occult arts to return until this Madame Mandilip's devilish purpose was accomplished. That the
compassionate shop-girl tried to save her from what the old melodramas called a fate worse than
death-although not precisely the fate they meant. That the doll she was to be given for her niece was the
bait on the hook of a sorceress. That it was necessary she be wounded so the witch's salve could be
applied. That it was the salve which carried the unknown death. That the first trap failing, the accident of
the tea-kettle was contrived and was successful. And that now Walters' soul is fluttering inside the witch's
mirror, just as she had dreamed. And all this, my dear Braile, is the most outrageous superstition!"
"Ah!" he said obliquely. "So those possibilities did occur to you after all? Your mind is not so fossilized as
a few moments ago I supposed."
I became still more exasperated.
"It is your theory that from the moment Walters entered the store, every occurrence she has narrated was
designed to give this Madame Mandilip possession of her soul, a design that was consummated by
He hesitated, and then said: "In essence-yes."
"A soul!" I mused, sardonically. "But I have never seen a soul. I know of no one whose evidence I would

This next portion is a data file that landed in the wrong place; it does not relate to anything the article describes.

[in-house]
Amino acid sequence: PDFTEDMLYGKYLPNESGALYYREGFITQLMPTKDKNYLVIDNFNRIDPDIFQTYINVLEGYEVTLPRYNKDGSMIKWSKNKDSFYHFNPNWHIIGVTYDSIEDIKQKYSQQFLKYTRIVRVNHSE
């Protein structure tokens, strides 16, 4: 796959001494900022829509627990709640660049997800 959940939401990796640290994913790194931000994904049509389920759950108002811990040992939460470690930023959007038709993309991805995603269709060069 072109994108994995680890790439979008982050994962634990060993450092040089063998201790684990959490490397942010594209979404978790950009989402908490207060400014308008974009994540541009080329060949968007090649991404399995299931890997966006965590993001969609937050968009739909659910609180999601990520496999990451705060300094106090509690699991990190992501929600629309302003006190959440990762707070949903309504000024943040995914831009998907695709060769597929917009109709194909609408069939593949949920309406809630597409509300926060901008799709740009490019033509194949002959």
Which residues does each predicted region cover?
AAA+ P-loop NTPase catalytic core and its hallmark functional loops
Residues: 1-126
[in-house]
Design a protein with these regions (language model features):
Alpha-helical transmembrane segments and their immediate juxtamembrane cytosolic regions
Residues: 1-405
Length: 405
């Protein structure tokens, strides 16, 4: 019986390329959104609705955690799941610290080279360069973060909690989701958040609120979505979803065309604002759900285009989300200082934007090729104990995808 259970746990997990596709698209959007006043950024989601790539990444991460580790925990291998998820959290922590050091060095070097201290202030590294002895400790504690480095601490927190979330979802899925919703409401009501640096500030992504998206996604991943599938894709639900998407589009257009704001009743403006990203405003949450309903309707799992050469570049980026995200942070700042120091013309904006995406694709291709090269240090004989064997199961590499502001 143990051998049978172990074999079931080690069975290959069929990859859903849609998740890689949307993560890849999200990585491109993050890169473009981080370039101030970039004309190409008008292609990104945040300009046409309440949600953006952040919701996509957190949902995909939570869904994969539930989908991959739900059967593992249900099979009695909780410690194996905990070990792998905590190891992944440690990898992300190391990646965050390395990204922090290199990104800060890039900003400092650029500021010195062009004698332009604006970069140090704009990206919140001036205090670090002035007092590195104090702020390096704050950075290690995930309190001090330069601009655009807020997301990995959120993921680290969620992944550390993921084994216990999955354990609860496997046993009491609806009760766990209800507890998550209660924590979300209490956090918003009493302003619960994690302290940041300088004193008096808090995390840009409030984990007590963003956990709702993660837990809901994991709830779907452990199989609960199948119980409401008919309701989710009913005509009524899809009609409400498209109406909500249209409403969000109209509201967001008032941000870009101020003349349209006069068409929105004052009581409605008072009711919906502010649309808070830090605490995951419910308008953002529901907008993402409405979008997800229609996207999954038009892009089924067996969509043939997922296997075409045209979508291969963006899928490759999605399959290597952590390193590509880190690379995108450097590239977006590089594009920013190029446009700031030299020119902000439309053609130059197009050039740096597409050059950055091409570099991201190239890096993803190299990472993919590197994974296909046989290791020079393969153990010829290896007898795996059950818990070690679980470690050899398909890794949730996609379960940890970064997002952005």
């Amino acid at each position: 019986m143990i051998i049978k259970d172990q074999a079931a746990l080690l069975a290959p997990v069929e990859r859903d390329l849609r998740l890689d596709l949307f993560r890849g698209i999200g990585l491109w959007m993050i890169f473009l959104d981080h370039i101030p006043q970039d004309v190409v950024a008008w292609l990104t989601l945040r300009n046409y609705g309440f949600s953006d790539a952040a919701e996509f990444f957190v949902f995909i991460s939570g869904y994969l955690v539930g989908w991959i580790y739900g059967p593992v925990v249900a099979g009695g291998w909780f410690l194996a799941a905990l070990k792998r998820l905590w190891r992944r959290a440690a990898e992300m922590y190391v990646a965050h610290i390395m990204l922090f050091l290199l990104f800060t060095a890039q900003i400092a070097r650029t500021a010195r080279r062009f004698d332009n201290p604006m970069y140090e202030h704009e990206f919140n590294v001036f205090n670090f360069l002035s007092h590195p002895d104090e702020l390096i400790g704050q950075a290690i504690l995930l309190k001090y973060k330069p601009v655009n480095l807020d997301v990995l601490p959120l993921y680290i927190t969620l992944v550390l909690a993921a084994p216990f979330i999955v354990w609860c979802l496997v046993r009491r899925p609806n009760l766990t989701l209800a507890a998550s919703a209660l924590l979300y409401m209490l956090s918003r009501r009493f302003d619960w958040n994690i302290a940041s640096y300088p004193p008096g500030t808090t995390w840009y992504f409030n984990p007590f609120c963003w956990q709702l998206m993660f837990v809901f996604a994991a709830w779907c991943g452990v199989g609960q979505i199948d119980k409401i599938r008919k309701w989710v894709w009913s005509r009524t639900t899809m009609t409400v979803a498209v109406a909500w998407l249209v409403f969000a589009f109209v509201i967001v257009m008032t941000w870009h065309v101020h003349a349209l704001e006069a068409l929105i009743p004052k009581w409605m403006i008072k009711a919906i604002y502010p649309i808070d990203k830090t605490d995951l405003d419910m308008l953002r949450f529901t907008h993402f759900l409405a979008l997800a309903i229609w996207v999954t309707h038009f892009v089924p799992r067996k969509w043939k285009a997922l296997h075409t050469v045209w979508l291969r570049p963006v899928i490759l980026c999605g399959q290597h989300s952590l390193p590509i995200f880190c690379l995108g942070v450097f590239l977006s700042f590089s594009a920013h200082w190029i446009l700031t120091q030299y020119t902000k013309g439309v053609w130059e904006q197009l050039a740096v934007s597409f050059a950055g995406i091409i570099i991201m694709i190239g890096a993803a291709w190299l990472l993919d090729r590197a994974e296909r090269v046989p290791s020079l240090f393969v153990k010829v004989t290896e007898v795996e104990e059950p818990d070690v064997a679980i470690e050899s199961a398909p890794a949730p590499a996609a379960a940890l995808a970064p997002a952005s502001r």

credit who has seen a soul. What is a soul-if it exists? It is ponderable? Material? If your theory is
correct it must be. How could one gain possession of something which is both imponderables and
nonmaterial? How would one know one had it if it could not be seen nor weighed, felt nor measured, nor
heard? If not material, how could it be constrained, directed, confined? As you suggest has been done
with Walters' soul by this doll-maker. If material, then where does it reside in the body? Within the brain?
I have operated upon hundreds and never yet have I opened any secret chamber housing this mysterious
occupant. Little cells, far more complicated in their workings than any machinery ever devised, changing
their possessor's mentality, moods, reason, emotion, personality-according to whether the little cells are
functioning well or ill. These I have found, Braile-but never a soul. Surgeons have thoroughly explored
the balance of the body. They, too, have found no secret temple within it. Show me a soul, Braile, and I'll
believe in Madame Mandilip."
He studied me in silence for a little, then nodded.
"Now I understand. It's hit you pretty hard, too, hasn't it? You're doing a little beating of your own
against the mirror, aren't you? Well, I've had a struggle to thrust aside what I've been taught is reality and
to admit there may be something else just as real. This matter, Lowell, is extra-medical, outside the
science we know. Until we admit that, we'll get nowhere. There are still two points I'd like to take up.
Peters and the Darnley woman died the same kind of death. Ricori finds that they both had dealings with
a Madame Mandilip-or so we can assume. He visits her and narrowly escapes death. Harriet visits her,
and dies as Darnley and Peters did. Reasonably, therefore, doesn't all this point to Madame Mandilip as